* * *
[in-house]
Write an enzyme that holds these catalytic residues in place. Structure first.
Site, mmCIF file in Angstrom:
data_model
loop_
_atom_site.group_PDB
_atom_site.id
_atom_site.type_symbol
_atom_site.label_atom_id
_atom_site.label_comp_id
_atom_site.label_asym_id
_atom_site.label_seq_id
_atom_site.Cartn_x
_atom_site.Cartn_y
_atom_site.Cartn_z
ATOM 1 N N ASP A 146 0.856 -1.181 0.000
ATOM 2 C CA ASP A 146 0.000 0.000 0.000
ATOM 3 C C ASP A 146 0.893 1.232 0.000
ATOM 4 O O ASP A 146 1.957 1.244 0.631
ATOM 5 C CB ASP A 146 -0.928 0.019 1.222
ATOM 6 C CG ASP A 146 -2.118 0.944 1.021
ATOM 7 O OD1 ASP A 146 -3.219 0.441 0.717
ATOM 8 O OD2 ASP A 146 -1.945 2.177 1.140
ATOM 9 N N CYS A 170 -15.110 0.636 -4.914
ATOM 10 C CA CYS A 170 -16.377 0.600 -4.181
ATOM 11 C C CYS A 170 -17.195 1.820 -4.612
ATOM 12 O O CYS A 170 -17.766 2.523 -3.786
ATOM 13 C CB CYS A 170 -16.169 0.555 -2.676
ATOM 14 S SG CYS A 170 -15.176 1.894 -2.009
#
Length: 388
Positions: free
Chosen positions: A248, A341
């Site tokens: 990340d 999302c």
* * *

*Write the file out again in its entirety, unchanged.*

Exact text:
[in-house]
Write an enzyme that holds these catalytic residues in place. Structure first.
Site, mmCIF file in Angstrom:
data_model
loop_
_atom_site.group_PDB
_atom_site.id
_atom_site.type_symbol
_atom_site.label_atom_id
_atom_site.label_comp_id
_atom_site.label_asym_id
_atom_site.label_seq_id
_atom_site.Cartn_x
_atom_site.Cartn_y
_atom_site.Cartn_z
ATOM 1 N N ASP A 146 0.856 -1.181 0.000
ATOM 2 C CA ASP A 146 0.000 0.000 0.000
ATOM 3 C C ASP A 146 0.893 1.232 0.000
ATOM 4 O O ASP A 146 1.957 1.244 0.631
ATOM 5 C CB ASP A 146 -0.928 0.019 1.222
ATOM 6 C CG ASP A 146 -2.118 0.944 1.021
ATOM 7 O OD1 ASP A 146 -3.219 0.441 0.717
ATOM 8 O OD2 ASP A 146 -1.945 2.177 1.140
ATOM 9 N N CYS A 170 -15.110 0.636 -4.914
ATOM 10 C CA CYS A 170 -16.377 0.600 -4.181
ATOM 11 C C CYS A 170 -17.195 1.820 -4.612
ATOM 12 O O CYS A 170 -17.766 2.523 -3.786
ATOM 13 C CB CYS A 170 -16.169 0.555 -2.676
ATOM 14 S SG CYS A 170 -15.176 1.894 -2.009
#
Length: 388
Positions: free
Chosen positions: A248, A341
């Site tokens: 990340d 999302c």